Make Good Use of your time: When we have experienced a recent loss –death of a loved one, our motivation to do things we once liked and enjoyed often decreases. You may find that you give up things you once enjoyed like your hobbies. This can lead you to feel even worse and a cycle can begin which is difficult to escape from.

Use a diary to plan your day and week and so on. This will help you do much more than you expect and help you feel confident and lift your moods

When completing your diary, start by filling in all the activities that are compulsory activities for example, preparing meals, doing housework etc.

This will help you see the free time you get after and in between your compulsory activities. In these time slots you can begin to plan other activities that you would like to do like taking up gardening or a driving lesson etc.  Remember to give yourself space to be busy or take time out to relax. You may find it helpful to plan in some time for:

  • Socialising.
  • Hobbies and interests
  • Exercise
  • Bedtimes -
  • Time for yourself -

To help prepare a list of things you would like to do make a list of ideas like visit a friend or cook something special etc…then try and add this in your daily schedule. You could begin with just one activity one day and slowly increase it to two or three such activities as and when you feel motivated to do it.

Don't worry if unexpected things come up and you cannot stick to it exactly. In fact, it is very unlikely that things will go exactly as you planned. It is also fine to be flexible and replace some activities with new ones. Try to be relaxed if this happens.

We hope that you found some of the ideas in our list of tips useful. You may find or feel that some of the ideas are not particularly helpful at first so it is perhaps worth sticking with them for a few weeks to give them a chance to work.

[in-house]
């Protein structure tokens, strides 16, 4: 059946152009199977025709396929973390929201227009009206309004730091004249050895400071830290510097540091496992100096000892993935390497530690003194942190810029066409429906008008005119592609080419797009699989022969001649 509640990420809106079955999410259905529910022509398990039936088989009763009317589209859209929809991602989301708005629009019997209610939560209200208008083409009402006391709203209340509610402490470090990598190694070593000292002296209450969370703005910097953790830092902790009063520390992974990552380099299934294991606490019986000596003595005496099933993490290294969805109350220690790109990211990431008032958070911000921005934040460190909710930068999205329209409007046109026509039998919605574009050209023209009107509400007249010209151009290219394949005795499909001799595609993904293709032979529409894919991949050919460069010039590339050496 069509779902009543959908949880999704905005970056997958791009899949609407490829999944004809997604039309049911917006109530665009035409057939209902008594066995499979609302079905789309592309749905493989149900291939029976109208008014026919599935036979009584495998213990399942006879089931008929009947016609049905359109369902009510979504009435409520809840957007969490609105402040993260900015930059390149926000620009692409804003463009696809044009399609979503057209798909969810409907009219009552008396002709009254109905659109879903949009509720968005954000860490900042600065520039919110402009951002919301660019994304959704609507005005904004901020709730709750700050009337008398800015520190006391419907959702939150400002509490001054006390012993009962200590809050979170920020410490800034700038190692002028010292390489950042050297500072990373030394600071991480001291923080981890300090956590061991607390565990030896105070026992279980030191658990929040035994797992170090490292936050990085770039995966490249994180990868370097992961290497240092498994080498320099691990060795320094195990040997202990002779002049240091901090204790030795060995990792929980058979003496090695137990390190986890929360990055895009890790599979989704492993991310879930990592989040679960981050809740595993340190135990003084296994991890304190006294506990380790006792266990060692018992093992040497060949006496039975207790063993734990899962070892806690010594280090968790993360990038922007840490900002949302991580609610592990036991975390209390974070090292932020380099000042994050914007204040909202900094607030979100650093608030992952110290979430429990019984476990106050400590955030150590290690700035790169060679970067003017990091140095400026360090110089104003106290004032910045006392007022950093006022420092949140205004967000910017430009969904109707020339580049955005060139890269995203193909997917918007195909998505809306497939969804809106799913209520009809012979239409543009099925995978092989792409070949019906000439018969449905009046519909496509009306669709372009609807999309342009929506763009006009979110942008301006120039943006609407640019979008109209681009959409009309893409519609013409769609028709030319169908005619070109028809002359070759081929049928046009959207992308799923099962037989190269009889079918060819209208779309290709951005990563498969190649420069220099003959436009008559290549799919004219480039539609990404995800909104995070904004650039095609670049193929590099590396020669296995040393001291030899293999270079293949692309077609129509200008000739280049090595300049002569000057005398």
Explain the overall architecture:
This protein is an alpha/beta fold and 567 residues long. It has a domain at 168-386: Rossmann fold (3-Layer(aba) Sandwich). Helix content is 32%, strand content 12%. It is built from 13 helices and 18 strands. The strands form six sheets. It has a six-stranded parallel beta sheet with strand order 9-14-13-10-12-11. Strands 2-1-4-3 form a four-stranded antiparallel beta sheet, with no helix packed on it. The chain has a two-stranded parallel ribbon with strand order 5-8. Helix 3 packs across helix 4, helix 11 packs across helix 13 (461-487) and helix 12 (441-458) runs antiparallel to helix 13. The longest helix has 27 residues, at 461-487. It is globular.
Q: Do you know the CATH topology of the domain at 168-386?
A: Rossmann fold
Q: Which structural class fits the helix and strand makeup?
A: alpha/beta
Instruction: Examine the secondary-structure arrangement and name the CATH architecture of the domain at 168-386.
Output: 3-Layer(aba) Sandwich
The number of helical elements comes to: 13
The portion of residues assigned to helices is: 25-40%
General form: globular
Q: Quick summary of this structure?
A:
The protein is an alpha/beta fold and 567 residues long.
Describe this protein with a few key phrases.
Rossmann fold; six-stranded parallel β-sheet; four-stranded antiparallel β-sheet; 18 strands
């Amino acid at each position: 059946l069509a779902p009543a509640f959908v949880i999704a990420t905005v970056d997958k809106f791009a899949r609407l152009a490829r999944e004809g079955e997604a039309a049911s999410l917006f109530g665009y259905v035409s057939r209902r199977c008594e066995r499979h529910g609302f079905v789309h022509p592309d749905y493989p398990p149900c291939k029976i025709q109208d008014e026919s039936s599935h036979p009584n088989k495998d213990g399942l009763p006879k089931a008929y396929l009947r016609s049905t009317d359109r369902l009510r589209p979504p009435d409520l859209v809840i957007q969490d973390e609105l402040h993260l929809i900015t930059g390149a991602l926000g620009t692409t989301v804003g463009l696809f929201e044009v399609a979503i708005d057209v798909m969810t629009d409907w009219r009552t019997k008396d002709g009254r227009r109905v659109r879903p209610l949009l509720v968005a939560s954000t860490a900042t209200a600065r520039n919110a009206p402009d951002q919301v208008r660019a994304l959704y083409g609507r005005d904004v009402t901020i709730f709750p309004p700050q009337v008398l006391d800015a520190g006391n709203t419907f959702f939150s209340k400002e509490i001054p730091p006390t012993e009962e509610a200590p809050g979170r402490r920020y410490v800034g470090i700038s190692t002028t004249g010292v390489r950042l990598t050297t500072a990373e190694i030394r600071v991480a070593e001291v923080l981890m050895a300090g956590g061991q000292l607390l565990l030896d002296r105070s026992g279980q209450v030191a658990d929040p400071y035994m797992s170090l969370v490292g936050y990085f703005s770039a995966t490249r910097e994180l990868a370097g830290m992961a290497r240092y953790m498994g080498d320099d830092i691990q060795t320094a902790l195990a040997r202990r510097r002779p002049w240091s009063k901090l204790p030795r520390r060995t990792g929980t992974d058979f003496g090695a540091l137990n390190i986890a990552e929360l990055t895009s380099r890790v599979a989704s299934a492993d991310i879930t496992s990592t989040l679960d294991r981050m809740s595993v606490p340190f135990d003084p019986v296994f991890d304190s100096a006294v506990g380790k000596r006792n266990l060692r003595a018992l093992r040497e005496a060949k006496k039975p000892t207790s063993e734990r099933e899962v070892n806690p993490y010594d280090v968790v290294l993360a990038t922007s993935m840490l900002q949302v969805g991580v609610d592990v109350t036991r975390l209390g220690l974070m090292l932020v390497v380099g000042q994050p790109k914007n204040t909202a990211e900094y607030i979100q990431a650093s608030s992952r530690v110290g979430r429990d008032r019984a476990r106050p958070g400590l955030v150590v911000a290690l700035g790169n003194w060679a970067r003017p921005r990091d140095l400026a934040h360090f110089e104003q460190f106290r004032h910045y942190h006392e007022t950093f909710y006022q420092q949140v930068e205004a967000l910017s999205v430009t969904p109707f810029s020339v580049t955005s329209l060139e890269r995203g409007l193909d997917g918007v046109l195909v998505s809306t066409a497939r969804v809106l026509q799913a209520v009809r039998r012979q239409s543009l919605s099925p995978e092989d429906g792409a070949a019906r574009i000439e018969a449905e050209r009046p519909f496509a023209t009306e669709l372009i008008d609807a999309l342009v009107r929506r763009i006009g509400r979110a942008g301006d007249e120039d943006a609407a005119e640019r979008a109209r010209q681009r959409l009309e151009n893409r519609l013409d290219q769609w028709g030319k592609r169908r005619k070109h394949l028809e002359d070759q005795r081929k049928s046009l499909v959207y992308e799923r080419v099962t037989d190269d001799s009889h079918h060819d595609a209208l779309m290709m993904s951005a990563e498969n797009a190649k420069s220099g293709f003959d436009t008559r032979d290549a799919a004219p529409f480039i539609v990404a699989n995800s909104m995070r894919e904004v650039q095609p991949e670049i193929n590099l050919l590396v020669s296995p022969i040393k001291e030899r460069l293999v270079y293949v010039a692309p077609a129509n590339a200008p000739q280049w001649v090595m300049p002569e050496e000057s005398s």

You may continue to use the techniques you found helpful long into the future and they should continue to benefit you.

Join support group: If you think you can’t talk to somebody you know, and you lack support, you can always join various support groups that exist where others who have gone through the same trauma that you have. You can share, find yourself and connect there. You are not alone.

Spiritual associations: You can resolve to different faith or a faith of your choice to calm you down. Connecting with your spiritual self, praying and believing in a source of eternal power helps

Plan next when you are ready: Most women can have successful and healthy pregnancies after having a miscarriage, even after recurrent miscarriage. So, you can always try again. Talk to your obstetrician/ gynecologist before trying for conceiving again. You may already know the causes from the last and try to take care of it when you’re planning again. You can do a lot of things by yourself to have a successful conception such as:

Detoxify: Get rid of body toxins and other harmful metabolites,     boosting health into uterus.